By Contributor on October 16, 2013

By Danielle Nierenberg & Lilia Smelkova

Oct. 24 is Food Day, a time to reflect on the foods we -- and our kids -- eat.

There are 17.9 million food insecure households, 3.9 million of whom have children.

Yet, more than one-third of U.S. children and adolescents are overweight or obese. Ironically, food insecurity often contributes to obesity.

So does lack of proper education about food and nutrition. On average, U.S. students get less than four hours of food education per year. Millions of kids aren't learning about the importance of fresh, nutritious food at home or at school, making it almost impossible for them to be healthy adults.

To make matters worse, fast food and soft drinks are in greater supply -- and cheaper -- than ever before. The combination of aggressive advertising campaigns by fast food companies and the cheapness and accessibility of low-nutrient, high-caloric products has proven, unfortunately, to be extremely effective. A study by the U.S. Department of Agriculture found that 30 percent of children and adolescents between the ages of 4 and 19 in the U.S. consume fast food every day!

The World Health Organization has said that marketing junk food to kids is "a public health threat," noting a strong connection between children's exposure to junk food marketing and their consumption of high-fat and processed foods.

As a counter to this, in kitchens, schoolyard gardens and cafeterias all over the world, parents, teachers and students are finding opportunities to learn how to grow, cook, process and share fresh, nutritious food. By providing students with fresh, nutritious foods, educational institutions can teach healthy eating habits in the most direct way possible.

The Kitchen Community in Chicago and Denver, for example, is not only providing children with fresh produce in lunchrooms, but also actually teaching them how to grow fruits and vegetables themselves. Their learning gardens instruct students about how to grow natural food, which is then incorporated into their own school cafeteria menus.

And KIDS Can Make a Difference is teaching middle- and high-school students about the societal problems that cause hunger and poverty, and what they can do to solve them.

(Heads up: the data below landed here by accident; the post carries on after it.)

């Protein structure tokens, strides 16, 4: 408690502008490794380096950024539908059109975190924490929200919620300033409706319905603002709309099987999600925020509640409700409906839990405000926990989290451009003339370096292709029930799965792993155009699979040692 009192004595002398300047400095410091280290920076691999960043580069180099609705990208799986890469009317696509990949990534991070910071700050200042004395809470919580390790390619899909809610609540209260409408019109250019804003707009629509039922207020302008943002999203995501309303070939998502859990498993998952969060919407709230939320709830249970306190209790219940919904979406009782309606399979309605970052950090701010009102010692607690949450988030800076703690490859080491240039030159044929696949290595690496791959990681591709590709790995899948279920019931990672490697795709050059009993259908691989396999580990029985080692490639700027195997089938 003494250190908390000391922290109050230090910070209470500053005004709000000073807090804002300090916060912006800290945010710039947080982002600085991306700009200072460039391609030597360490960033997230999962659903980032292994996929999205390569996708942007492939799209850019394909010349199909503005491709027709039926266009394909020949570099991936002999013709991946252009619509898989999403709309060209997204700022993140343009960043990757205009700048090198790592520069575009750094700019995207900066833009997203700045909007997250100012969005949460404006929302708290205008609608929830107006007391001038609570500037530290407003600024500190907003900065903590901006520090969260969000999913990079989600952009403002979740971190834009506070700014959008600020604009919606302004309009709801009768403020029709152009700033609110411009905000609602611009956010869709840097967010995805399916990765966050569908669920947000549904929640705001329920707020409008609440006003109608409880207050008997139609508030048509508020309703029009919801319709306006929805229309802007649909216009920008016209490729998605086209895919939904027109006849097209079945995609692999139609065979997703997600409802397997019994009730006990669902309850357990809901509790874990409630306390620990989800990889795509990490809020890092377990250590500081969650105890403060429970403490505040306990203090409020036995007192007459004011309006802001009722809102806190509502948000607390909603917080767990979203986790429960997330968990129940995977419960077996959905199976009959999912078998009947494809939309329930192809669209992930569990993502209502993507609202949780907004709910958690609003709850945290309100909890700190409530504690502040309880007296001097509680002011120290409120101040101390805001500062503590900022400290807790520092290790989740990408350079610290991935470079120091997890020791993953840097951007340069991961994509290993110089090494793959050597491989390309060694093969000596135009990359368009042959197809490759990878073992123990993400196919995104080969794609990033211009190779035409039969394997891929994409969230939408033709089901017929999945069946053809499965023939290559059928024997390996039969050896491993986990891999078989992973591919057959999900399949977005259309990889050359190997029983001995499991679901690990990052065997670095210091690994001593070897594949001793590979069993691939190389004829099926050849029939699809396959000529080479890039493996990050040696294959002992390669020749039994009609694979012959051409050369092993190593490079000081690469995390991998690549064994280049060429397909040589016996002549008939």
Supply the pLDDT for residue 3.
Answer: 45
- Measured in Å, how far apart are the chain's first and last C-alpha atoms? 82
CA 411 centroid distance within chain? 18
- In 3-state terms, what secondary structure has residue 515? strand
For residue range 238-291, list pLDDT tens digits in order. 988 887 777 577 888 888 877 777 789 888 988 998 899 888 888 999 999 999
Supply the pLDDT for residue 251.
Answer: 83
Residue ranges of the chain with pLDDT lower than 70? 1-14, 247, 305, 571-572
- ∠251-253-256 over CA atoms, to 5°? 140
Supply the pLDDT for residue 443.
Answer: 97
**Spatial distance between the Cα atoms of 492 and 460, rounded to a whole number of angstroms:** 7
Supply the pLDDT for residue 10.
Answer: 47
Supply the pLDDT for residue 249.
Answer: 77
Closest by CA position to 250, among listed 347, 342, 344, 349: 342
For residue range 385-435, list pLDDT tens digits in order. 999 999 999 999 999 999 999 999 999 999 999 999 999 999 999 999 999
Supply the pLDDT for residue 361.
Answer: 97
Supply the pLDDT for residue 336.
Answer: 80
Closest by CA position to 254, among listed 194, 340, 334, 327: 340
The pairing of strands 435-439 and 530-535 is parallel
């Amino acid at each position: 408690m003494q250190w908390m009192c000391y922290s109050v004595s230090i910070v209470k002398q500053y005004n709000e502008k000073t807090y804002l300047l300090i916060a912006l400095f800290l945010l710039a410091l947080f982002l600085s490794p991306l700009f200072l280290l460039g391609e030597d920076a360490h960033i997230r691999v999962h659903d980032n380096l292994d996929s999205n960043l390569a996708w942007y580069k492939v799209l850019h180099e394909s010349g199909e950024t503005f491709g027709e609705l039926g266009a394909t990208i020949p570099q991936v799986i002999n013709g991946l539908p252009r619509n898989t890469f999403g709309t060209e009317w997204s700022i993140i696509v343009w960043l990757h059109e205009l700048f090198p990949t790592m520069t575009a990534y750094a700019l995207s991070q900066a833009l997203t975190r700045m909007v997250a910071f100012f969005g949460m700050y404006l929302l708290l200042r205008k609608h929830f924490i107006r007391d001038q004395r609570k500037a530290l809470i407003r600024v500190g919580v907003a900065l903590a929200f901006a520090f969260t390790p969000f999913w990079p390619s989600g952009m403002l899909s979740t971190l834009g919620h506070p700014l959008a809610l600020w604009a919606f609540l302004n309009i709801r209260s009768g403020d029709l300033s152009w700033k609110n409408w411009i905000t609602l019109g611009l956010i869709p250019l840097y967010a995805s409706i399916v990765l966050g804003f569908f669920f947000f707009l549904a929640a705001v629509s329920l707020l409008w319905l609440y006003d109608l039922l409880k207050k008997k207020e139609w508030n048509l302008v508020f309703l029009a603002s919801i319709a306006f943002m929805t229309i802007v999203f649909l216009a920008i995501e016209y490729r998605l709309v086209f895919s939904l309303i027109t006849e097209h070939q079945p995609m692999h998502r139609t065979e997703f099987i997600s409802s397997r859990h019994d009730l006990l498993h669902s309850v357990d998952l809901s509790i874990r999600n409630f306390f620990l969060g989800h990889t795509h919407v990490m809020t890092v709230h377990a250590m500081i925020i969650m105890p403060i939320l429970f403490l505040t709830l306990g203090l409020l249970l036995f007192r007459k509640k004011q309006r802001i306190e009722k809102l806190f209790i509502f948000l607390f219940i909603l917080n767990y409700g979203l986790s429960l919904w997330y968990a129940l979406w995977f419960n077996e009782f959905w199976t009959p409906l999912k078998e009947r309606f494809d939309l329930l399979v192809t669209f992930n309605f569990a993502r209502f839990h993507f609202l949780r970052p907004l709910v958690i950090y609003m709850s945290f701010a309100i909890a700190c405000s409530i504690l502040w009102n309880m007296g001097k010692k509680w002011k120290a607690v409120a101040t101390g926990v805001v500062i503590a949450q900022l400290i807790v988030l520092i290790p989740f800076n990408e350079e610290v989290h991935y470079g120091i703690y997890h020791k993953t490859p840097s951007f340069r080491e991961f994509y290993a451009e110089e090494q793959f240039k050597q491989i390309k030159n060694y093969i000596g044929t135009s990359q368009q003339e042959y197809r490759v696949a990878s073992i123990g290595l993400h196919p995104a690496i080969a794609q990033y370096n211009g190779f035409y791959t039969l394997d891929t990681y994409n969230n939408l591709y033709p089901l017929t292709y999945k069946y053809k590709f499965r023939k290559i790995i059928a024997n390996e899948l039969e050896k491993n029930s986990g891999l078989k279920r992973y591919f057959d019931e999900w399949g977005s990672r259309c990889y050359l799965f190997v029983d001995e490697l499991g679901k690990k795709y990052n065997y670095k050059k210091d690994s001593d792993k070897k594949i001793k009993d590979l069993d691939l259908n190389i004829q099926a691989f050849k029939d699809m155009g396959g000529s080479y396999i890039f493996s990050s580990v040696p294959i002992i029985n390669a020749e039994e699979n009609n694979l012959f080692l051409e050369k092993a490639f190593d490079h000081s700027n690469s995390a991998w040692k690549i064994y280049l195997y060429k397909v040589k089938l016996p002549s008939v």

In New York, some restaurants have teamed up with the New York Coalition for Healthy School Food for the Cool School Food project, which designs and tests plant- and legume-based school cafeteria menus in both Ithaca and New York City.

As part of the federally run AmeriCorps Network, FoodCorps service members work with local organizations to enhance the level of nutrition education in schools, engage students directly with their food through school garden projects and coordinate farm-to-school programs that bring local farmers and educators together to transform cafeterias into educational environments.

It's time to cultivate the next generation of eaters, farmers, scientists and policymakers for a more sustainable food system.

Danielle Nierenberg is co-founder of The Food Think Tank. Lilia Smelkova is the Food Day campaign manager.

Copyright Danielle Nierenberg and Lilia Smelkova.

Photo: Flickr user Nicolas Boullosa, creative commons licensed.

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By Wendell Berry

Manifesto: The Mad Farmer Liberation Front

Love the quick profit, the annual raise,
vacation with pay. Want more 
of everything ready made. Be afraid 
to know your neighbors and to die.
And you will have a window in your head.
Not even your future will be a mystery 
any more. Your mind will be punched in a card 
and shut away in a little drawer.
When they want you to buy something 
they will call you. When they want you
to die for profit they will let you know. 
So, friends, every day do something
that won’t compute. Love the Lord. 
Love the world. Work for nothing. 
Take all that you have and be poor.
Love someone who does not deserve it. 
Denounce the government and embrace 
the flag. Hope to live in that free 
republic for which it stands. 
Give your approval to all you cannot
understand. Praise ignorance, for what man 
has not encountered he has not destroyed.
Ask the questions that have no answers. 
Invest in the millennium. Plant sequoias.
Say that your main crop is the forest
that you did not plant,
that you will not live to harvest.


Say that the leaves are harvested 
when they have rotted into the mold.
Call that profit. Prophesy such returns.
Put your faith in the two inches of humus 
that will build under the trees
every thousand years.
Listen to carrion—put your ear
close, and hear the faint chattering
of the songs that are to come. 
Expect the end of the world. Laugh. 
Laughter is immeasurable. Be joyful
though you have considered all the facts. 
So long as women do not go cheap 
for power, please women more than men.
Ask yourself: Will this satisfy 
a woman satisfied to bear a child?
Will this disturb the sleep 
of a woman near to giving birth? 
Go with your love to the fields.
Lie easy in the shade. Rest your head 
in her lap. Swear allegiance 
to what is nighest your thoughts.
As soon as the generals and the politicos 
can predict the motions of your mind, 
lose it. Leave it as a sign 
to mark the false trail, the way 
you didn’t go. Be like the fox 
who makes more tracks than necessary, 
some in the wrong direction.
Practice resurrection.

Wendell Berry is a poet, farmer, and environmentalist in Kentucky. This poem, first published in 1973, is reprinted by permission of the author and appears in his “New Collected Poems” (Counterpoint).


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